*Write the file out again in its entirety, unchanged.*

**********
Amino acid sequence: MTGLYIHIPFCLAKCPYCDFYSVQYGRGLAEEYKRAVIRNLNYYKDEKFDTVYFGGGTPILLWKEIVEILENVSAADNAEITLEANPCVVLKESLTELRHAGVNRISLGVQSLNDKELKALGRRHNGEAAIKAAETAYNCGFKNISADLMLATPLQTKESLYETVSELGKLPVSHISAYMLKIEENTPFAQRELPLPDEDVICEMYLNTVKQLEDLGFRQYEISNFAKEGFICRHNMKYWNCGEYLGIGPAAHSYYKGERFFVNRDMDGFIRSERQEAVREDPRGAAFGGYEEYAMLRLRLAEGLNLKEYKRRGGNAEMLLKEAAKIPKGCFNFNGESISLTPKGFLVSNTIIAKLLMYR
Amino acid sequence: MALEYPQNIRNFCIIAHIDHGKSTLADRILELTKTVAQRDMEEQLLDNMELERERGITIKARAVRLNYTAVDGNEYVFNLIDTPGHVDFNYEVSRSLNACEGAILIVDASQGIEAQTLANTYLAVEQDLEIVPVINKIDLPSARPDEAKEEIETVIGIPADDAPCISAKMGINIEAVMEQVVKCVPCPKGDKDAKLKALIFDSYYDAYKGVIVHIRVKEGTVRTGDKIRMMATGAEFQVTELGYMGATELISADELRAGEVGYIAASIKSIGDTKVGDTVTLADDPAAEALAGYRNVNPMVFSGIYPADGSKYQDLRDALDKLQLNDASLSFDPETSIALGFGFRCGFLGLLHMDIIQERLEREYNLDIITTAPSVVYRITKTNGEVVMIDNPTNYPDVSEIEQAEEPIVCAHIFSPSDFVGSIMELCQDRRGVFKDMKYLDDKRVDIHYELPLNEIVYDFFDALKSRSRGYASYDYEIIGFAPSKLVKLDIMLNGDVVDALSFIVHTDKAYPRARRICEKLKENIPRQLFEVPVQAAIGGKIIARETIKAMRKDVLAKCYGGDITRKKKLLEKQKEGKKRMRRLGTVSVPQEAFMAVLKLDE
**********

Amino acid sequence: MTGLYIHIPFCLAKCPYCDFYSVQYGRGLAEEYKRAVIRNLNYYKDEKFDTVYFGGGTPILLWKEIVEILENVSAADNAEITLEANPCVVLKESLTELRHAGVNRISLGVQSLNDKELKALGRRHNGEAAIKAAETAYNCGFKNISADLMLATPLQTKESLYETVSELGKLPVSHISAYMLKIEENTPFAQRELPLPDEDVICEMYLNTVKQLEDLGFRQYEISNFAKEGFICRHNMKYWNCGEYLGIGPAAHSYYKGERFFVNRDMDGFIRSERQEAVREDPRGAAFGGYEEYAMLRLRLAEGLNLKEYKRRGGNAEMLLKEAAKIPKGCFNFNGESISLTPKGFLVSNTIIAKLLMYR
Amino acid sequence: MALEYPQNIRNFCIIAHIDHGKSTLADRILELTKTVAQRDMEEQLLDNMELERERGITIKARAVRLNYTAVDGNEYVFNLIDTPGHVDFNYEVSRSLNACEGAILIVDASQGIEAQTLANTYLAVEQDLEIVPVINKIDLPSARPDEAKEEIETVIGIPADDAPCISAKMGINIEAVMEQVVKCVPCPKGDKDAKLKALIFDSYYDAYKGVIVHIRVKEGTVRTGDKIRMMATGAEFQVTELGYMGATELISADELRAGEVGYIAASIKSIGDTKVGDTVTLADDPAAEALAGYRNVNPMVFSGIYPADGSKYQDLRDALDKLQLNDASLSFDPETSIALGFGFRCGFLGLLHMDIIQERLEREYNLDIITTAPSVVYRITKTNGEVVMIDNPTNYPDVSEIEQAEEPIVCAHIFSPSDFVGSIMELCQDRRGVFKDMKYLDDKRVDIHYELPLNEIVYDFFDALKSRSRGYASYDYEIIGFAPSKLVKLDIMLNGDVVDALSFIVHTDKAYPRARRICEKLKENIPRQLFEVPVQAAIGGKIIARETIKAMRKDVLAKCYGGDITRKKKLLEKQKEGKKRMRRLGTVSVPQEAFMAVLKLDE